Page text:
George I. Treyz, 76, died at his home in Amherst, Massachusetts on February 14th, 2013. He is survived by his wife of 54 years, Sidney, sons Victor and Frederick, brother Russell and six grandchildren.
For more than three decades, George Treyz was a pillar of the Economics Department at the University of Massachusetts at Amherst. After receiving degrees from Princeton (BA) and Cornell (PhD), he taught at Haverford College and came to UMass in 1968. He remained a pillar of the Economics program in Amherst until his retirement in 1997, and even beyond because he continued to teach from his position at Regional Economic Modeling, the Amherst-based company he founded in 1980.
A well-respected and valued teacher, Treyz is best known as a pioneer of computer-based regional economic models, the types of models now widely used by regional and national governments in assessing alternative economic policies. In the 1970’s, he worked with the Nobel Prize-winner Laurence Klein, along with Ann Friedlander and Benjamin Stevens, to develop the Massachusetts Economic Policy Analysis (MEPA) model. Later, he expanded and generalized the techniques developed for MEPA to develop the models used by REMI and by regional models used throughout the world. In 1994, Treyz and his colleagues developed the first multi-regional United States model consisting of the fifty states and District of Columbia.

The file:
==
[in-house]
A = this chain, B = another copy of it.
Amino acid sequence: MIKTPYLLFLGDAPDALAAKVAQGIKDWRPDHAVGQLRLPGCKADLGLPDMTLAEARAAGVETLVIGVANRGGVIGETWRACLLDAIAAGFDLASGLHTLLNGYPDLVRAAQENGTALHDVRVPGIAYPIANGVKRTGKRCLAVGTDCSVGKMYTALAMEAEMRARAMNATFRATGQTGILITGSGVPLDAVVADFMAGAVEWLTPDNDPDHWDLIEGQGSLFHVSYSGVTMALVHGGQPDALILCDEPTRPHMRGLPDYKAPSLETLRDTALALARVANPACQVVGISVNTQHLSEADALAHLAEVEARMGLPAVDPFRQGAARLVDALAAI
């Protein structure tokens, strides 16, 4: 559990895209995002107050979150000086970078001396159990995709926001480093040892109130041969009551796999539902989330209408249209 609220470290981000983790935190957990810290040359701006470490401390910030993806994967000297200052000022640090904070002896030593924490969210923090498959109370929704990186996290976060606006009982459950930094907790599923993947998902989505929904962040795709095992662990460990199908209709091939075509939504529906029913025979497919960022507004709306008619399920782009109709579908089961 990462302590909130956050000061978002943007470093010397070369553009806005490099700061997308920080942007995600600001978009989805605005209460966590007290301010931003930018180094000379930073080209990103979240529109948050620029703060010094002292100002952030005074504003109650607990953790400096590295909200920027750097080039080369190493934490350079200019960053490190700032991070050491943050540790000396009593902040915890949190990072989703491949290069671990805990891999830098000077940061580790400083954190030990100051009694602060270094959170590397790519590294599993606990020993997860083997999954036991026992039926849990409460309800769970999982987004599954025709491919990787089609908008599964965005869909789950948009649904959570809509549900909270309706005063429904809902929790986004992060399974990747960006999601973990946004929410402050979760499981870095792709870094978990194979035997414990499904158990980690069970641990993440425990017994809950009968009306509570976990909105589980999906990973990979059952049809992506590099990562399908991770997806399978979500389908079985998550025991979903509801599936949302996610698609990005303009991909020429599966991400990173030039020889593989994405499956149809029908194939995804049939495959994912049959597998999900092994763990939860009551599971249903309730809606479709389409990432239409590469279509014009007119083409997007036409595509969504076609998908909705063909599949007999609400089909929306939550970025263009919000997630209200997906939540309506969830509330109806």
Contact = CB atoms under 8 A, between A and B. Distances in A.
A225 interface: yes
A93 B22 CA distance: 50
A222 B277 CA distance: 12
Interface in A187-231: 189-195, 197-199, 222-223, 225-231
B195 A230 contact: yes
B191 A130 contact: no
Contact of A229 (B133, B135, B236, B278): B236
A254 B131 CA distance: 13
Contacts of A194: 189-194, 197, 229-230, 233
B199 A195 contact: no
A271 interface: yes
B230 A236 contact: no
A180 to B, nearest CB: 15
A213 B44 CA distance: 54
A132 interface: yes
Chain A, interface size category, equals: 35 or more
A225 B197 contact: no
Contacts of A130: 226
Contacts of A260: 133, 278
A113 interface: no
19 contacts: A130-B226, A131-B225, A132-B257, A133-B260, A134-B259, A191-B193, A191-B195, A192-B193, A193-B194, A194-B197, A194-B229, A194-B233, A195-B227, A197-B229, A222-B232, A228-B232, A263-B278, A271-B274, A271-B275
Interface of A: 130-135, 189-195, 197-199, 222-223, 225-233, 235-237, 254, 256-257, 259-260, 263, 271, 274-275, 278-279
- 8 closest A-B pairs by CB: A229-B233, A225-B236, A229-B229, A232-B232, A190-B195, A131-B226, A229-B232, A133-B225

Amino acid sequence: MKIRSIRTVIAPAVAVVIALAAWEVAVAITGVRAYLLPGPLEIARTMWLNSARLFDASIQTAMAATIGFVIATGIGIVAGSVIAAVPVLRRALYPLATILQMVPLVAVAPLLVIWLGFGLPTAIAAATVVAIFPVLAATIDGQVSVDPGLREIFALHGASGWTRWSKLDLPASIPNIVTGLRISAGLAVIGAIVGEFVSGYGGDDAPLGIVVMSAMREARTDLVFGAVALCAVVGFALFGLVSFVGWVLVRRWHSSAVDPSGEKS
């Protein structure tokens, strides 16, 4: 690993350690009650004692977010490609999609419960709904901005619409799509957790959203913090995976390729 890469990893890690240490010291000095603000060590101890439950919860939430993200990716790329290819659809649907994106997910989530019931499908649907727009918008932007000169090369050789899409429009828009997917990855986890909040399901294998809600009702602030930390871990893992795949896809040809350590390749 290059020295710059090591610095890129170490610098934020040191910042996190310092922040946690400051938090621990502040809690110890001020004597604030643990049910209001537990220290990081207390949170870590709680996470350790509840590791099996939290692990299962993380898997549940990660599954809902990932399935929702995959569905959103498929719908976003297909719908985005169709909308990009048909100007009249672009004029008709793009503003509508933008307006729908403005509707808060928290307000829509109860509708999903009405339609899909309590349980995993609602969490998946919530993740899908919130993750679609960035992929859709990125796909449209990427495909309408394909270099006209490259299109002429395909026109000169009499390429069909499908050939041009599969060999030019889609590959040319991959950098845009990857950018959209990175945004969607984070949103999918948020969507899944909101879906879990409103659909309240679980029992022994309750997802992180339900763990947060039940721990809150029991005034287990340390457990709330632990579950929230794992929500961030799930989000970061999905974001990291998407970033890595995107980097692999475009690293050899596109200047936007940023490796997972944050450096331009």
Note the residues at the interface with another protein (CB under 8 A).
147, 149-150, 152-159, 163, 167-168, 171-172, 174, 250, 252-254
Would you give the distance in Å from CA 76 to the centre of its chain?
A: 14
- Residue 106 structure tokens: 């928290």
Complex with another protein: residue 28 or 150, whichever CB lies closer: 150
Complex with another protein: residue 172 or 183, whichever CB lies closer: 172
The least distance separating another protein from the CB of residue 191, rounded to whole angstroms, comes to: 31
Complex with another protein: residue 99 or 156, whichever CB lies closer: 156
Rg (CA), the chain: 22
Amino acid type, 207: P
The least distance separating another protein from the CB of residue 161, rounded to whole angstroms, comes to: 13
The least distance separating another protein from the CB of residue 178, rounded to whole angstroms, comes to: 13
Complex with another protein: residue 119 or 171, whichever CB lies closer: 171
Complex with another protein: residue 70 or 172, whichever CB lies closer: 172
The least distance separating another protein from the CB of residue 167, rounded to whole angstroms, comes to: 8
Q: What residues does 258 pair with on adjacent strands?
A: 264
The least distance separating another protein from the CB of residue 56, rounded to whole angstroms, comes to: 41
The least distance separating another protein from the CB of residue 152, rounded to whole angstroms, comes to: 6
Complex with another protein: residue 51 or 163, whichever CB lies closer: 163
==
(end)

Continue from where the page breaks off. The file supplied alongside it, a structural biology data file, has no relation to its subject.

Treyz and his colleagues published widely, disseminating their work so that it could be used by others. In 1993 he wrote Regional Economic Modeling: A Systemic Approach to Forecasting and Policy Analysis. Whether in Amherst, in his work to improve economic policy in Massachusetts or throughout the United States, or in the Economics Department, George Treyz was a conscientious and devoted citizen, always available to colleagues, students, or others who needed help. We were proud to have him as a colleague, and we will miss him.